The world’s largest fish breeding colony has been discovered in Antarctica’s Weddell Sea. The colony consists of around 60 million icefish nests. Earlier this ecosystem was unknown and this area covers the size of Malta. The specialty of icefish (Neopagetopsis ionah) is that it is a type of fish which has a see-through skull and transparent blood. As per the sources, icefish are the only fish which do not have red blood cells. According to the Independent, the fish nests in the Weddell Sea are concentrated in a 92-square-mile area, sometimes they are two per square metre. Each nest contains up to 2,500 eggs.
As per the ctvnews, the breeding colony was discovered in February 2021 by the German polar research vessel Polarstern, a ship that was travelling about half a kilometre below the nests. The ship has used a car-sized camera to capture the pictures of the breeding nests. As per the sources, the camera was towed up to 535, underwater. Earlier Alfred Wegener Institute (AWI) was exploring the fish nests in the Weddell sea since 1980s but they have only discovered small clusters of nests.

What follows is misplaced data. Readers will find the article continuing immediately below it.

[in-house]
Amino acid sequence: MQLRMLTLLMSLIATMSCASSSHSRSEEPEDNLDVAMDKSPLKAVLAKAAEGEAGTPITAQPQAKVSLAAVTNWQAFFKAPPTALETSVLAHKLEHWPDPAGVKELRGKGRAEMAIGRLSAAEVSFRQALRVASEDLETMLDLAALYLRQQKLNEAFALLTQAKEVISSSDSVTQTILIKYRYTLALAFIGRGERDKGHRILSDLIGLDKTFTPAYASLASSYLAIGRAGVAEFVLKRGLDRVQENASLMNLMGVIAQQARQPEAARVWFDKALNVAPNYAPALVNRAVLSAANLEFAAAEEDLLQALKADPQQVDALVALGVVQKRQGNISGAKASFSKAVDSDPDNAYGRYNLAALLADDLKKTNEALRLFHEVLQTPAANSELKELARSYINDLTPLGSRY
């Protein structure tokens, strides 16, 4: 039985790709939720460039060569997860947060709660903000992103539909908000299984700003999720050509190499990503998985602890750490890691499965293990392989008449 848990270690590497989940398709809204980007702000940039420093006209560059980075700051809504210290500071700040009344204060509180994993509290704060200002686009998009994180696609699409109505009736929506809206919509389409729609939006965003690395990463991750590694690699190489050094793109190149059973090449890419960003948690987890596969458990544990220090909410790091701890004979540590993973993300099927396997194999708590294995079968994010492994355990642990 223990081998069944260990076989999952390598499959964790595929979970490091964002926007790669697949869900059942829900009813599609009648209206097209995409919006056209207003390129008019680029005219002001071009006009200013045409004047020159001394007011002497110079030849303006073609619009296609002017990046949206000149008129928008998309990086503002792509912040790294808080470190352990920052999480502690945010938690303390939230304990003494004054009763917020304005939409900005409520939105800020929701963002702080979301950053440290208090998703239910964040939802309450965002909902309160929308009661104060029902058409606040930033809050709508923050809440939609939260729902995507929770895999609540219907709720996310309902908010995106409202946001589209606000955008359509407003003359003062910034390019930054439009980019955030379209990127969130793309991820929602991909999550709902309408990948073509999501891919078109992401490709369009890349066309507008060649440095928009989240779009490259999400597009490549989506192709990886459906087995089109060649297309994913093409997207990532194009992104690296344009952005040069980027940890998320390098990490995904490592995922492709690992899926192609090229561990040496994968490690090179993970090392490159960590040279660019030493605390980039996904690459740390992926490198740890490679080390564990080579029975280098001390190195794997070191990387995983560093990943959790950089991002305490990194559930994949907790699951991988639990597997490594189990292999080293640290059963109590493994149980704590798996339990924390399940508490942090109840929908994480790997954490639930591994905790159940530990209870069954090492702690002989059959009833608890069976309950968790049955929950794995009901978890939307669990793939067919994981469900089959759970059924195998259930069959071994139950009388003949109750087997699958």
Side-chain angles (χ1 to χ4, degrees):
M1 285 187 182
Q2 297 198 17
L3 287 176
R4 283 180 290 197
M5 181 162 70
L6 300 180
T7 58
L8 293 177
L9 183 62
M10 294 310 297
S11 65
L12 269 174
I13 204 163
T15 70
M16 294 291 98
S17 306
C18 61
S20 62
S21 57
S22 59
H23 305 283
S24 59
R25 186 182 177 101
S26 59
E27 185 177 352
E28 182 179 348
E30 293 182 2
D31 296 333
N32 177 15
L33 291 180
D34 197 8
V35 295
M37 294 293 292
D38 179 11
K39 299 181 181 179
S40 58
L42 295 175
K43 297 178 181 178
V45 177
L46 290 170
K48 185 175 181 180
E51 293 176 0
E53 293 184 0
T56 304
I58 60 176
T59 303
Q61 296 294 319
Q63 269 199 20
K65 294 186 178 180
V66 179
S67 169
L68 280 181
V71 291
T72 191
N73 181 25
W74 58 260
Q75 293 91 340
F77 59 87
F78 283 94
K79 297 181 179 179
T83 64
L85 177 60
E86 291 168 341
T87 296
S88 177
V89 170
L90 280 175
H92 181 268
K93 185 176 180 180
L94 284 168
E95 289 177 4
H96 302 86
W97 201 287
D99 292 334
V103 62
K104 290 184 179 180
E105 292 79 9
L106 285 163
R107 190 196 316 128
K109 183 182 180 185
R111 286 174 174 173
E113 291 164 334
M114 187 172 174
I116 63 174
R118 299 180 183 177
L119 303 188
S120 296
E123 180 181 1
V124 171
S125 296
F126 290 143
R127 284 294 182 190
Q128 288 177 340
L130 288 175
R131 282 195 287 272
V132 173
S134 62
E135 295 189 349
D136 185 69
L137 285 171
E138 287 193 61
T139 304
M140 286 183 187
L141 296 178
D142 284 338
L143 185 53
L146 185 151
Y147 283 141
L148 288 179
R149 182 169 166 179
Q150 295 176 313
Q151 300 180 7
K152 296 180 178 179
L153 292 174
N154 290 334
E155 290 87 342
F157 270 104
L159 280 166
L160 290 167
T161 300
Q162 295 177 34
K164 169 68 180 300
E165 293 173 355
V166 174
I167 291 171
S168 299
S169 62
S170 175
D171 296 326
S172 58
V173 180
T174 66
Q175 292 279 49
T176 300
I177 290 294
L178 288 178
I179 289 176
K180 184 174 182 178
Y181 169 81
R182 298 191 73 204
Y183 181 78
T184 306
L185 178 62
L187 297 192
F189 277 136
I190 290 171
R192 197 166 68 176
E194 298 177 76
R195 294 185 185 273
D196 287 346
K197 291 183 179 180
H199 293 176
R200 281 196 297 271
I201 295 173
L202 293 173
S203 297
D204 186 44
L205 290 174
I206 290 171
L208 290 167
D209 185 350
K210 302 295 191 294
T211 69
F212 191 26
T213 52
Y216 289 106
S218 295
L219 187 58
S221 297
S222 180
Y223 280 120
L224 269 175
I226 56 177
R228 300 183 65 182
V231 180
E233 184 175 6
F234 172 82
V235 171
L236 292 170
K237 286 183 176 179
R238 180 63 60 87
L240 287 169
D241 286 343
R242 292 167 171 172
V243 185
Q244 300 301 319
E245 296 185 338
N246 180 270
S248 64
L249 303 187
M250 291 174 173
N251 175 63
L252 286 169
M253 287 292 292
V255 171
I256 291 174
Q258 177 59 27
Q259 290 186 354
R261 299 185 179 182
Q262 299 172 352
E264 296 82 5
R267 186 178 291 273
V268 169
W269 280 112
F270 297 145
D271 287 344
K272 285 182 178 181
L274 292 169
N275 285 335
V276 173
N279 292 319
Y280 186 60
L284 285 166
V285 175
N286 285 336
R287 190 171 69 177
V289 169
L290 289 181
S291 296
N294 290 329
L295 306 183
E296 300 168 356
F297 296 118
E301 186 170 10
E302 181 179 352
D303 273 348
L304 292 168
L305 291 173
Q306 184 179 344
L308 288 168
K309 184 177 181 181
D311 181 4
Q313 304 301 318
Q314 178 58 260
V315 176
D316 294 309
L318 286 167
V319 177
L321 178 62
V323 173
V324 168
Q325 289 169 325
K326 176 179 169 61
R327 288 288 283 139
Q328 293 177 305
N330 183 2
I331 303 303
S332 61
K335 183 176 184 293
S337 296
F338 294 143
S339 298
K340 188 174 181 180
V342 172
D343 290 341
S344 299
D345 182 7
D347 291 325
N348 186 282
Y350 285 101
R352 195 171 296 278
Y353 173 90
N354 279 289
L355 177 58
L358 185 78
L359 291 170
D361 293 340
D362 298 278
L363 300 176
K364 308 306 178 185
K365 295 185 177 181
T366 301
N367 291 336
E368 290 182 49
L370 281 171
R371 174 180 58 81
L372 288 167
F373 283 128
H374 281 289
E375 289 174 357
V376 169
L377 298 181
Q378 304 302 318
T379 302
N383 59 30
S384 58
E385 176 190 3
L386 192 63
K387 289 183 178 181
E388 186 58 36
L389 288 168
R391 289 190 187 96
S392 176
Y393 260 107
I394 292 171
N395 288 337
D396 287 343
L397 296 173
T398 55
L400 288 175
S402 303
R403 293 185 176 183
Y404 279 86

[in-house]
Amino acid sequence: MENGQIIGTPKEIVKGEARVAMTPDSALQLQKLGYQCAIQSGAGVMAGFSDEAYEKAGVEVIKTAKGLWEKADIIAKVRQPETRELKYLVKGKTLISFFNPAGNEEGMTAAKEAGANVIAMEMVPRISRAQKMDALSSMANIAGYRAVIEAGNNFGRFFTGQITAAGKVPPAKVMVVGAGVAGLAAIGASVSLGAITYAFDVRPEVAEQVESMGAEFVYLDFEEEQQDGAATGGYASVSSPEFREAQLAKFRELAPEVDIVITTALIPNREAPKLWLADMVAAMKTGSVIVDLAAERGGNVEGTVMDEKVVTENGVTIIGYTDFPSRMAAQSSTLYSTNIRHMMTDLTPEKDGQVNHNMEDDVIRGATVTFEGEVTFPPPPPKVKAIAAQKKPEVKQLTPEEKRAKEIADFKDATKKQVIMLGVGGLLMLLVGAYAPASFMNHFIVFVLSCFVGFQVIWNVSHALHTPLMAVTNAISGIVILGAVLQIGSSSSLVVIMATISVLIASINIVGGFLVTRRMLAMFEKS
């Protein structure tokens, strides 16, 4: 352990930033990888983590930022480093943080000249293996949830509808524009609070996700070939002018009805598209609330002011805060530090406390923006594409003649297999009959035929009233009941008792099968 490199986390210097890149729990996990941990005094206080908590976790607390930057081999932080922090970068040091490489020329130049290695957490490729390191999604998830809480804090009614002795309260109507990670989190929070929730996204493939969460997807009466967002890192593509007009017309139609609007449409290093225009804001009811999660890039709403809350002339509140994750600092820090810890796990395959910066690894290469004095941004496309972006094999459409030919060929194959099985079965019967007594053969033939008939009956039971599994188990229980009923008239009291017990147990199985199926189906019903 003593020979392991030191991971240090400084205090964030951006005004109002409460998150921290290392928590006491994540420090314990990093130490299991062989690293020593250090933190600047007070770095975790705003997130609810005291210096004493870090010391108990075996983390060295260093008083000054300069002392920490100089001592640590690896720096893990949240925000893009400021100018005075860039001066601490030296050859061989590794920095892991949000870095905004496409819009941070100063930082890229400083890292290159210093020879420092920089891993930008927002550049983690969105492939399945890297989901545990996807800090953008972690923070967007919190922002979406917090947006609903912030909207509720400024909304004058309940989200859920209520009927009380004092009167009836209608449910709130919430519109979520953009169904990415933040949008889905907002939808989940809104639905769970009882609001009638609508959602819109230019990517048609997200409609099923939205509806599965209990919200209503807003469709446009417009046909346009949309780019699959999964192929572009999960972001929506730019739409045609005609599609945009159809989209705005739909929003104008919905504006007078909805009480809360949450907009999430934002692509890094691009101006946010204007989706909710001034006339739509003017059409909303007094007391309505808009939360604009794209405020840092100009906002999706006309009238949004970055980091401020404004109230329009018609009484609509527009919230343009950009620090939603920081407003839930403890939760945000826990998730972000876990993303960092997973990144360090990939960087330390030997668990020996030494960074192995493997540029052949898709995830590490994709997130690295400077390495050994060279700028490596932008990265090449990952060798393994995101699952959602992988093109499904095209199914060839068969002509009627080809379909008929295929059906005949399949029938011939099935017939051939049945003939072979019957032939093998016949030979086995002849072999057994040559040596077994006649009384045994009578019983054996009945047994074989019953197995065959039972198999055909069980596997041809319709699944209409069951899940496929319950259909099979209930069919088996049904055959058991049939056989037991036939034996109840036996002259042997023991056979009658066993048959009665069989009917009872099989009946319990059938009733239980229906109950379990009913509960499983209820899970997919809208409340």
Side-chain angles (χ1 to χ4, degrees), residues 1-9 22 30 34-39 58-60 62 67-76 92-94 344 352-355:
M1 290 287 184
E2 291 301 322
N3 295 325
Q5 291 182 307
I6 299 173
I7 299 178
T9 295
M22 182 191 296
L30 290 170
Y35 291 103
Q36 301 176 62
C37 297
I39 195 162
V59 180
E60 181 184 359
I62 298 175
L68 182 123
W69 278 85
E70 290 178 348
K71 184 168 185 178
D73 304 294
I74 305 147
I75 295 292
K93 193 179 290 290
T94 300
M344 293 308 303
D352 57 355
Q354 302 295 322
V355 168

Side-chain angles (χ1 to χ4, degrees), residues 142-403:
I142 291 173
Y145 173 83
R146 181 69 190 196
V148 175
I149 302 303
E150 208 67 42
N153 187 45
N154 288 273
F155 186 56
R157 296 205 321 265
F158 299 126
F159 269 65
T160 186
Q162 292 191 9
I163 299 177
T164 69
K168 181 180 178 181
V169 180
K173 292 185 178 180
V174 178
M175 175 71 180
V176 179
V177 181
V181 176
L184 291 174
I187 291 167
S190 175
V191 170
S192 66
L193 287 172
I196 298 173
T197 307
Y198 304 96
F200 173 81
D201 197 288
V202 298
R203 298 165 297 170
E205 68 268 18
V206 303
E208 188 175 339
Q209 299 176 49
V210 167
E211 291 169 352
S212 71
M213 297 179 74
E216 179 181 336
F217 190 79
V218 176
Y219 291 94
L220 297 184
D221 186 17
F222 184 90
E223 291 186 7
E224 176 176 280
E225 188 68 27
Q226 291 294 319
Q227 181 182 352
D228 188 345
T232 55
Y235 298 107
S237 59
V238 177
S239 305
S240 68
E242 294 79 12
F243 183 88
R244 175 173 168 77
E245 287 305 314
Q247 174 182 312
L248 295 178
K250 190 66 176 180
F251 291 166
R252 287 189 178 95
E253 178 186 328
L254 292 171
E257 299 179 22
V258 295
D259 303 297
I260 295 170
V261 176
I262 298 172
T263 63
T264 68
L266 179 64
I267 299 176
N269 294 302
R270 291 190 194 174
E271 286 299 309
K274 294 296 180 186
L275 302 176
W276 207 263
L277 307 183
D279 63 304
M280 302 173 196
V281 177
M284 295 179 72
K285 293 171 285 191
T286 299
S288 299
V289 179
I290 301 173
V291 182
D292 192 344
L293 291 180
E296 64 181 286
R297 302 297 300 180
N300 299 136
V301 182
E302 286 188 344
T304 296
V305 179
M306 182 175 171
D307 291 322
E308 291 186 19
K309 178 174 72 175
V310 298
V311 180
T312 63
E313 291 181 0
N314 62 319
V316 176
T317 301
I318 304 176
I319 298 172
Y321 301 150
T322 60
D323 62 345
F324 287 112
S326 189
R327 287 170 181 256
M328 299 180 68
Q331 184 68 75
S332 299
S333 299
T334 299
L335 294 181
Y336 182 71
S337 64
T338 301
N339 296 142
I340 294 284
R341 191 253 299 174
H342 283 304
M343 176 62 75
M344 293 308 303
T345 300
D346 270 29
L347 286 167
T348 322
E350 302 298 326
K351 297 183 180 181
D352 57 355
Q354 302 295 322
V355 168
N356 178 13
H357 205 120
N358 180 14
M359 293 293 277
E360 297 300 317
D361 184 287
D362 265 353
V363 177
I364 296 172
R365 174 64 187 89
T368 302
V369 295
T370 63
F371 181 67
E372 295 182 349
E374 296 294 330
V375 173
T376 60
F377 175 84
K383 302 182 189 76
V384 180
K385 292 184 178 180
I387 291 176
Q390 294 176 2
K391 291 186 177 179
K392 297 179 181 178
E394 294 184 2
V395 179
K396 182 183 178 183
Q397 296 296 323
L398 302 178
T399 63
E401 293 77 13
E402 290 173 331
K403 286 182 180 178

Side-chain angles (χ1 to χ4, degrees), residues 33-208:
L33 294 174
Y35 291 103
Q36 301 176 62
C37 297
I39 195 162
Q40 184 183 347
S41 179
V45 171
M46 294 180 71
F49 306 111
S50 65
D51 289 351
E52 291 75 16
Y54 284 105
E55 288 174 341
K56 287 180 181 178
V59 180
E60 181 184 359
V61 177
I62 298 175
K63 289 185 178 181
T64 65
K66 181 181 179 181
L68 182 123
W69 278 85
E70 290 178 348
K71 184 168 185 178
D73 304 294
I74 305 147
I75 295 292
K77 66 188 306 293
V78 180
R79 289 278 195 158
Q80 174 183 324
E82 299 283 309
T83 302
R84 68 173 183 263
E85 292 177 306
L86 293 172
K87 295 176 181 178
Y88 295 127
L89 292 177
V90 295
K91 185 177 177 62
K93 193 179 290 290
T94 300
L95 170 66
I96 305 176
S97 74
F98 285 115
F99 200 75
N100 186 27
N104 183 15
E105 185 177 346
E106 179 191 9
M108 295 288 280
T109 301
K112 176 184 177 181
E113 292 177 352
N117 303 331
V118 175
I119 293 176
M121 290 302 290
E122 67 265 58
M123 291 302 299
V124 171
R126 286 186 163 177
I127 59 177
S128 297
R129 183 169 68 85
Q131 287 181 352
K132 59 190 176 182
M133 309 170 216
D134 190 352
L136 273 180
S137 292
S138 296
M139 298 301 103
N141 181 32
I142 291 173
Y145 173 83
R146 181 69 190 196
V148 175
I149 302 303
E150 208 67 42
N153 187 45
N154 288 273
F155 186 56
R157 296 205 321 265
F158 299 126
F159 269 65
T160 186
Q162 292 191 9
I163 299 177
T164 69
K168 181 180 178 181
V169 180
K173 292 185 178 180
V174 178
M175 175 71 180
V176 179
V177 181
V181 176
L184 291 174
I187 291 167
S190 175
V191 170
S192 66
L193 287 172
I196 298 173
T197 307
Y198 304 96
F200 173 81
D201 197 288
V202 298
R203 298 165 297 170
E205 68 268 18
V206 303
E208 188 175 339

“We just saw fish nest after fish nest for the whole four hours, and during that time we covered maybe six kilometres (3.7 miles) of the sea floor,” said Autun Purser, a postdoctoral researcher at the Alfred Wegener Institute in Bremerhaven, Germany. He’s the lead author of a study on the icefish colony that published in the journal Current Biology.
In addition, the breeding ground was also useful for the researchers to understand the process called upwelling, cold water rises towards the surface and leaves the deeper part warmer. Also, the discovery of the breeding grounds shows that marine conservation in Antarctica needs to be improved. According to the Independent, a proposal to restrict the human activity in the Weddell Sea has been around for years but still, it has not been secured from the Antarctic ocean conservation body.